India, 1944: Iris Walker, daughter of the British Political Agent in the princely state of Ranipur, is a volunteer nurse, caring for soldiers wounded fighting the Japanese on the border with Burma. One evening the maharajah invites Iris and her parents to a dinner at the Lake Palace, where she meets the enigmatic Edward Stark, a friend of the prince. Edward is dashing, kind and considerate, and the attraction is instantly mutual.
But Edward is en route to a special mission in the Naga Hills, meaning they have only days together before Iris is once again left alone. To distract herself from longing for Edward, Iris volunteers to work in a mobile hospital unit travelling behind the front line of the 14th Army where she sees the horrors of war first-hand and realises how precious and precarious life can be.
In 1985, Iris, newly widowed, returns to India on holiday. A visit to the now neglected Lake Palace, brings back bitter memories from the 1940s that Iris cannot now let rest. She embarks on a journey into the Naga Hills to uncover long-buried truths from the war years.
Two widows, Iris and Elspeth, have decided to revisit India where they lived forty years earlier. They were not friends then but perhaps now they will have more in common. For while Elspeth had spent the 1940s going to the club and socialising with her mother, looking out for an occasional eligible bachelor, Iris was a volunteer nurse who liked to spend her spare time cycling in the countryside.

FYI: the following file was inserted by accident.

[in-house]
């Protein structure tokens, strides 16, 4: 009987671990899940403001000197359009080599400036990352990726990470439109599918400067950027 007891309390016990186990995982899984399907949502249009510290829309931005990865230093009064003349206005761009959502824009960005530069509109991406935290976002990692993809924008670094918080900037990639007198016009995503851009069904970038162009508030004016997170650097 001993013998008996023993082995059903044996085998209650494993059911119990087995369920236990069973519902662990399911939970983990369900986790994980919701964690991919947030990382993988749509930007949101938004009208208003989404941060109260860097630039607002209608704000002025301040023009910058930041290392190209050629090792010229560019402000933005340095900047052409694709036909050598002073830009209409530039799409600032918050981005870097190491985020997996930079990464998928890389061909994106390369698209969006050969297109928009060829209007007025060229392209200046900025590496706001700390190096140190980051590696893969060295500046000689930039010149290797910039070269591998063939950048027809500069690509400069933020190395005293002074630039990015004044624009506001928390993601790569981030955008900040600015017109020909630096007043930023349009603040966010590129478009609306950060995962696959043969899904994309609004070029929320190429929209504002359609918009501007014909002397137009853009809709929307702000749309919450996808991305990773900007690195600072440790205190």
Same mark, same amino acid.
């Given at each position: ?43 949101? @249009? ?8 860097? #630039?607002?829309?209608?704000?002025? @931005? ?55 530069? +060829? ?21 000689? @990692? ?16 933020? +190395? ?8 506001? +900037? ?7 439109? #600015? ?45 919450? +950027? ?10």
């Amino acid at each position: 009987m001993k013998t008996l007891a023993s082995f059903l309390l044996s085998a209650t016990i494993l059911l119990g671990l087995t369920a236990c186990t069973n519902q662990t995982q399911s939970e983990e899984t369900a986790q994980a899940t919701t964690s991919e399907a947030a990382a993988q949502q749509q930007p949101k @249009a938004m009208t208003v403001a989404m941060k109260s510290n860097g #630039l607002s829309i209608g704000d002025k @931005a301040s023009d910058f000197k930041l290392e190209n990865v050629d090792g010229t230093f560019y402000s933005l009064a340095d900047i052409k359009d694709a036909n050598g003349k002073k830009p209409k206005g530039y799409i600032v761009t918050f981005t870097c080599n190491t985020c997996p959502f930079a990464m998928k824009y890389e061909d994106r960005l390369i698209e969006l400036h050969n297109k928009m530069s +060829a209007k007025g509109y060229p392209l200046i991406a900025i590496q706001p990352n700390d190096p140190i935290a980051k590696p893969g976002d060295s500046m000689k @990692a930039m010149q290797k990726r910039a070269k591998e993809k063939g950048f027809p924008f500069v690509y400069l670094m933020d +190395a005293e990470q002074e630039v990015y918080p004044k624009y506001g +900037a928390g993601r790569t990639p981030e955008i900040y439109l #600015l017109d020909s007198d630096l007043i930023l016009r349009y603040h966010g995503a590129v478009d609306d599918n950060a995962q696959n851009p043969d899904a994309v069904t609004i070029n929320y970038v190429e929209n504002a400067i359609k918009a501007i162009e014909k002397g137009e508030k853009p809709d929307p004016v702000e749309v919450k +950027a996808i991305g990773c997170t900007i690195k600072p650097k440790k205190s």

Soon Iris has time to herself and so she decides to investigate what had happened to the love of her life, a young man called Edward whom she met at the maharajah’s palace. There had seemed no doubt that he also loved her, when he had to travel into the hills on a mission, but after one letter, she never heard from him again.
We go back in time to share Iris’s experiences working with the medical unit behind enemy lines near the Burmese border. The sorrow and suffering make her appreciate the kindness and devotion to duty of Nigel, one of the doctors, but soon they are both engulfed in the violence of war.
In 1985 Iris rekindles her friendship with Sharmila, remembering how she helped to heal wounds between her and her husband Deepak. This interlude connects to the story Ann Bennett’s book The Lake Pavilion, but the events are clearly explained for those who haven’t read that book.
As I have come to expect from Ann Bennett this story is well researched, taking us back to the contrasts of wartime India and the dying days of the empire. Iris is a likeable character who has so far made the best of life despite sadness and the story’s threads are connected in a final satisfying conclusion.
My review of The Lake Pavilion by Ann Bennett